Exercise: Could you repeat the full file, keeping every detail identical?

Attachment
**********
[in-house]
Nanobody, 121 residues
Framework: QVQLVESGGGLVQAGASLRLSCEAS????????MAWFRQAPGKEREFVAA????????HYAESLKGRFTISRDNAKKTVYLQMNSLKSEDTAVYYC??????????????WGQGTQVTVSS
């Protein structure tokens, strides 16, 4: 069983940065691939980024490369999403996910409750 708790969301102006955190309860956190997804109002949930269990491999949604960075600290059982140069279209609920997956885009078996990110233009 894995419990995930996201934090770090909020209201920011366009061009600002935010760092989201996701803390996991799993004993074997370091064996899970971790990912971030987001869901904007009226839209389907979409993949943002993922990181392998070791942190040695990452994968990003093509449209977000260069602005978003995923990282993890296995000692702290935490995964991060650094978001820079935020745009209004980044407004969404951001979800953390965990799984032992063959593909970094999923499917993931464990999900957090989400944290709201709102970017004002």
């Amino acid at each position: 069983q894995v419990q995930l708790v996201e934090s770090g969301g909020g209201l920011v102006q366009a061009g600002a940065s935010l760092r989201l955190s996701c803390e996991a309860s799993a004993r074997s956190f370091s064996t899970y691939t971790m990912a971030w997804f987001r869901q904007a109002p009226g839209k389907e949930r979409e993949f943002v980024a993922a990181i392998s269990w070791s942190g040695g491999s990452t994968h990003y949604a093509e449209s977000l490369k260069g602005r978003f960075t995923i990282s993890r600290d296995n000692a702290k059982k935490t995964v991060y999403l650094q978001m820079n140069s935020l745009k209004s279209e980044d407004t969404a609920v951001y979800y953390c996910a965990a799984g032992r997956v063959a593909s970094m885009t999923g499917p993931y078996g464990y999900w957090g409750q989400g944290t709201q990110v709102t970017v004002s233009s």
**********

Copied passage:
[in-house]
Nanobody, 121 residues
Framework: QVQLVESGGGLVQAGASLRLSCEAS????????MAWFRQAPGKEREFVAA????????HYAESLKGRFTISRDNAKKTVYLQMNSLKSEDTAVYYC??????????????WGQGTQVTVSS
């Protein structure tokens, strides 16, 4: 069983940065691939980024490369999403996910409750 708790969301102006955190309860956190997804109002949930269990491999949604960075600290059982140069279209609920997956885009078996990110233009 894995419990995930996201934090770090909020209201920011366009061009600002935010760092989201996701803390996991799993004993074997370091064996899970971790990912971030987001869901904007009226839209389907979409993949943002993922990181392998070791942190040695990452994968990003093509449209977000260069602005978003995923990282993890296995000692702290935490995964991060650094978001820079935020745009209004980044407004969404951001979800953390965990799984032992063959593909970094999923499917993931464990999900957090989400944290709201709102970017004002």
């Amino acid at each position: 069983q894995v419990q995930l708790v996201e934090s770090g969301g909020g209201l920011v102006q366009a061009g600002a940065s935010l760092r989201l955190s996701c803390e996991a309860s799993a004993r074997s956190f370091s064996t899970y691939t971790m990912a971030w997804f987001r869901q904007a109002p009226g839209k389907e949930r979409e993949f943002v980024a993922a990181i392998s269990w070791s942190g040695g491999s990452t994968h990003y949604a093509e449209s977000l490369k260069g602005r978003f960075t995923i990282s993890r600290d296995n000692a702290k059982k935490t995964v991060y999403l650094q978001m820079n140069s935020l745009k209004s279209e980044d407004t969404a609920v951001y979800y953390c996910a965990a799984g032992r997956v063959a593909s970094m885009t999923g499917p993931y078996g464990y999900w957090g409750q989400g944290t709201q990110v709102t970017v004002s233009s």